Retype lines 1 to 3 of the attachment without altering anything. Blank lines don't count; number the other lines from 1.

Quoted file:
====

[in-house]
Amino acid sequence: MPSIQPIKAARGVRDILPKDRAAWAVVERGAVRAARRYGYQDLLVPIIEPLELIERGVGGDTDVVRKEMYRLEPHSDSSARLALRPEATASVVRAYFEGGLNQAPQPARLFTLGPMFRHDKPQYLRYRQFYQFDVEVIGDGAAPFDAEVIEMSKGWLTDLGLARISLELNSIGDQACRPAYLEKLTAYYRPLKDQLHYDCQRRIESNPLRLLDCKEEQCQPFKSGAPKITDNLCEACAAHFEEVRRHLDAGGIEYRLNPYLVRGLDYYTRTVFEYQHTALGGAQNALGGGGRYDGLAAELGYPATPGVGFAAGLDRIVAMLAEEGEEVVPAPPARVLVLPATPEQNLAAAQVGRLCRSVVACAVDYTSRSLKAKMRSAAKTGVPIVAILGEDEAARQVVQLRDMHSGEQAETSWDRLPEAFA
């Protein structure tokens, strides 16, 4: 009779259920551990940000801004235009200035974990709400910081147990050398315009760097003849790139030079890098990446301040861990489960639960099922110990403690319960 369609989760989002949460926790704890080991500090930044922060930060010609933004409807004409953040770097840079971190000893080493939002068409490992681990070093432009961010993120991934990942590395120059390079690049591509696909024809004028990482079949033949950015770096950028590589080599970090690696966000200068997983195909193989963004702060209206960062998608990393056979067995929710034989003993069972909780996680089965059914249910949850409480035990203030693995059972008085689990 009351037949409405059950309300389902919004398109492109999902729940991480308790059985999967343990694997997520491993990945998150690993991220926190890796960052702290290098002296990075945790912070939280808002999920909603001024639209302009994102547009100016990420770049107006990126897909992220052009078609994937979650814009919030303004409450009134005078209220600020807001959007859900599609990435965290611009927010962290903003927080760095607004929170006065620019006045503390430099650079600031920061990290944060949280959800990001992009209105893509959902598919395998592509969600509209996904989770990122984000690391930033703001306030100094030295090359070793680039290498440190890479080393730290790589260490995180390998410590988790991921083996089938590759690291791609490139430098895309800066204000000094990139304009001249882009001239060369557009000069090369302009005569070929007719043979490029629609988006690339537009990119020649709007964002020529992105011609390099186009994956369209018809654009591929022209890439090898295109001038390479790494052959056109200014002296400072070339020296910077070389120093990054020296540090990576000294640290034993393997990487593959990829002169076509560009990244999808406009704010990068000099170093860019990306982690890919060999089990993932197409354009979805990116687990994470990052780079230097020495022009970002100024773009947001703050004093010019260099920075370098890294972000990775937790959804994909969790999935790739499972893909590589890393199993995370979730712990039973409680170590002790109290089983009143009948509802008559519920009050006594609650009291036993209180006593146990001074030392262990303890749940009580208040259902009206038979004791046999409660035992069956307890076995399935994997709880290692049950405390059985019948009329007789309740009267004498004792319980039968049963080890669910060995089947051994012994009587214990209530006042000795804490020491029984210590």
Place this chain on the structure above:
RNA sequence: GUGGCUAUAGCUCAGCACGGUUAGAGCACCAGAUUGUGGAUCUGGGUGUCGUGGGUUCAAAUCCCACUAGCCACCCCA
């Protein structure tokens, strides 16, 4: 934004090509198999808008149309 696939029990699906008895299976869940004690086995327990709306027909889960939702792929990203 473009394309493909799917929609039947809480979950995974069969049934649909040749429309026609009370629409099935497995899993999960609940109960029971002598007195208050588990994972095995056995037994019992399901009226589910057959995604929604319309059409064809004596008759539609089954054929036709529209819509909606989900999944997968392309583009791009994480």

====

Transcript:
[in-house]
Amino acid sequence: MPSIQPIKAARGVRDILPKDRAAWAVVERGAVRAARRYGYQDLLVPIIEPLELIERGVGGDTDVVRKEMYRLEPHSDSSARLALRPEATASVVRAYFEGGLNQAPQPARLFTLGPMFRHDKPQYLRYRQFYQFDVEVIGDGAAPFDAEVIEMSKGWLTDLGLARISLELNSIGDQACRPAYLEKLTAYYRPLKDQLHYDCQRRIESNPLRLLDCKEEQCQPFKSGAPKITDNLCEACAAHFEEVRRHLDAGGIEYRLNPYLVRGLDYYTRTVFEYQHTALGGAQNALGGGGRYDGLAAELGYPATPGVGFAAGLDRIVAMLAEEGEEVVPAPPARVLVLPATPEQNLAAAQVGRLCRSVVACAVDYTSRSLKAKMRSAAKTGVPIVAILGEDEAARQVVQLRDMHSGEQAETSWDRLPEAFA
């Protein structure tokens, strides 16, 4: 009779259920551990940000801004235009200035974990709400910081147990050398315009760097003849790139030079890098990446301040861990489960639960099922110990403690319960 369609989760989002949460926790704890080991500090930044922060930060010609933004409807004409953040770097840079971190000893080493939002068409490992681990070093432009961010993120991934990942590395120059390079690049591509696909024809004028990482079949033949950015770096950028590589080599970090690696966000200068997983195909193989963004702060209206960062998608990393056979067995929710034989003993069972909780996680089965059914249910949850409480035990203030693995059972008085689990 009351037949409405059950309300389902919004398109492109999902729940991480308790059985999967343990694997997520491993990945998150690993991220926190890796960052702290290098002296990075945790912070939280808002999920909603001024639209302009994102547009100016990420770049107006990126897909992220052009078609994937979650814009919030303004409450009134005078209220600020807001959007859900599609990435965290611009927010962290903003927080760095607004929170006065620019006045503390430099650079600031920061990290944060949280959800990001992009209105893509959902598919395998592509969600509209996904989770990122984000690391930033703001306030100094030295090359070793680039290498440190890479080393730290790589260490995180390998410590988790991921083996089938590759690291791609490139430098895309800066204000000094990139304009001249882009001239060369557009000069090369302009005569070929007719043979490029629609988006690339537009990119020649709007964002020529992105011609390099186009994956369209018809654009591929022209890439090898295109001038390479790494052959056109200014002296400072070339020296910077070389120093990054020296540090990576000294640290034993393997990487593959990829002169076509560009990244999808406009704010990068000099170093860019990306982690890919060999089990993932197409354009979805990116687990994470990052780079230097020495022009970002100024773009947001703050004093010019260099920075370098890294972000990775937790959804994909969790999935790739499972893909590589890393199993995370979730712990039973409680170590002790109290089983009143009948509802008559519920009050006594609650009291036993209180006593146990001074030392262990303890749940009580208040259902009206038979004791046999409660035992069956307890076995399935994997709880290692049950405390059985019948009329007789309740009267004498004792319980039968049963080890669910060995089947051994012994009587214990209530006042000795804490020491029984210590």